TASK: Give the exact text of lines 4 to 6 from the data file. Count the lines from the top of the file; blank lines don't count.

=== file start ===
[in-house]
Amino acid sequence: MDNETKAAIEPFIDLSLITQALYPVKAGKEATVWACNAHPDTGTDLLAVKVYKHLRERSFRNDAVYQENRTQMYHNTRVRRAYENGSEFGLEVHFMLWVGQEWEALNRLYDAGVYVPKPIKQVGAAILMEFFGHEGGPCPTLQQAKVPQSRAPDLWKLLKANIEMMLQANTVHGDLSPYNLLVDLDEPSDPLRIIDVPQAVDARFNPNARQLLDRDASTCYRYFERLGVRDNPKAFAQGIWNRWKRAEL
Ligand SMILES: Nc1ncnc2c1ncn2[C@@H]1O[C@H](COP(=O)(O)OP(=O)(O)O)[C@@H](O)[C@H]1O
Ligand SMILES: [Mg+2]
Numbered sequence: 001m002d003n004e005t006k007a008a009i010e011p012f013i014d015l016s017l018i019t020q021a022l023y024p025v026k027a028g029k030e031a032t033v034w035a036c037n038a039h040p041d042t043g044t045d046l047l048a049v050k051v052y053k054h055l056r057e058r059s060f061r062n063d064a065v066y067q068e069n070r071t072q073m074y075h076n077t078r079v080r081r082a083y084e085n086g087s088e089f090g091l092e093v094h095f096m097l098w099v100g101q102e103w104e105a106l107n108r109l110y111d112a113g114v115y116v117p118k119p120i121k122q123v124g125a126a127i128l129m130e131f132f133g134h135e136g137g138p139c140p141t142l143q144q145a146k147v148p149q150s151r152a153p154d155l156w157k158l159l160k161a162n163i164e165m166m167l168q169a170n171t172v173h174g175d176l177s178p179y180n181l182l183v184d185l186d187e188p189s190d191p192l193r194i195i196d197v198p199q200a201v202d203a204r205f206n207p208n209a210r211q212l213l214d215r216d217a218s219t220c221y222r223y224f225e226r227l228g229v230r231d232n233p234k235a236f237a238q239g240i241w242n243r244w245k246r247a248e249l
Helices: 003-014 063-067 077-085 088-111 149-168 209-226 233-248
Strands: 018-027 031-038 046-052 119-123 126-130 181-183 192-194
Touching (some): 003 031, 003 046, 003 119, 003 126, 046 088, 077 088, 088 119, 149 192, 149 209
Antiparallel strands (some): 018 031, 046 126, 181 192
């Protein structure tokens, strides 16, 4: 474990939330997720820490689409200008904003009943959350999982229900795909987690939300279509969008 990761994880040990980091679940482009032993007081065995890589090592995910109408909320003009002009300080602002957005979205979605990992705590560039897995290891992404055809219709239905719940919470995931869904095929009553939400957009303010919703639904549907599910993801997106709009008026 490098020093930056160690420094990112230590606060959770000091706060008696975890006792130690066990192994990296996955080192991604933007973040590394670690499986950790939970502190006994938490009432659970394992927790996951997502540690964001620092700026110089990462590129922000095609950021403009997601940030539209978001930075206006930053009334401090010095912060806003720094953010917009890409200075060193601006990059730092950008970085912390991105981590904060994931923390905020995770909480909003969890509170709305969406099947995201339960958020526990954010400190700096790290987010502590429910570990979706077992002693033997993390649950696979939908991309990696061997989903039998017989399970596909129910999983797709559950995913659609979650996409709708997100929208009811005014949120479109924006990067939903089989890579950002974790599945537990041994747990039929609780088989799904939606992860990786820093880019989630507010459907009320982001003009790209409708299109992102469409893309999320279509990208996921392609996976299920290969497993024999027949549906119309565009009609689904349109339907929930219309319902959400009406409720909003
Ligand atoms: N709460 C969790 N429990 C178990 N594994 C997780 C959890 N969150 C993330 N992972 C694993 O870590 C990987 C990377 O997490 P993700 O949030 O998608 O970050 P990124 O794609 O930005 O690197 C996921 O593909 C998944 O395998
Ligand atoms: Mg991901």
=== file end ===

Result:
Ligand SMILES: [Mg+2]
Numbered sequence: 001m002d003n004e005t006k007a008a009i010e011p012f013i014d015l016s017l018i019t020q021a022l023y024p025v026k027a028g029k030e031a032t033v034w035a036c037n038a039h040p041d042t043g044t045d046l047l048a049v050k051v052y053k054h055l056r057e058r059s060f061r062n063d064a065v066y067q068e069n070r071t072q073m074y075h076n077t078r079v080r081r082a083y084e085n086g087s088e089f090g091l092e093v094h095f096m097l098w099v100g101q102e103w104e105a106l107n108r109l110y111d112a113g114v115y116v117p118k119p120i121k122q123v124g125a126a127i128l129m130e131f132f133g134h135e136g137g138p139c140p141t142l143q144q145a146k147v148p149q150s151r152a153p154d155l156w157k158l159l160k161a162n163i164e165m166m167l168q169a170n171t172v173h174g175d176l177s178p179y180n181l182l183v184d185l186d187e188p189s190d191p192l193r194i195i196d197v198p199q200a201v202d203a204r205f206n207p208n209a210r211q212l213l214d215r216d217a218s219t220c221y222r223y224f225e226r227l228g229v230r231d232n233p234k235a236f237a238q239g240i241w242n243r244w245k246r247a248e249l
Helices: 003-014 063-067 077-085 088-111 149-168 209-226 233-248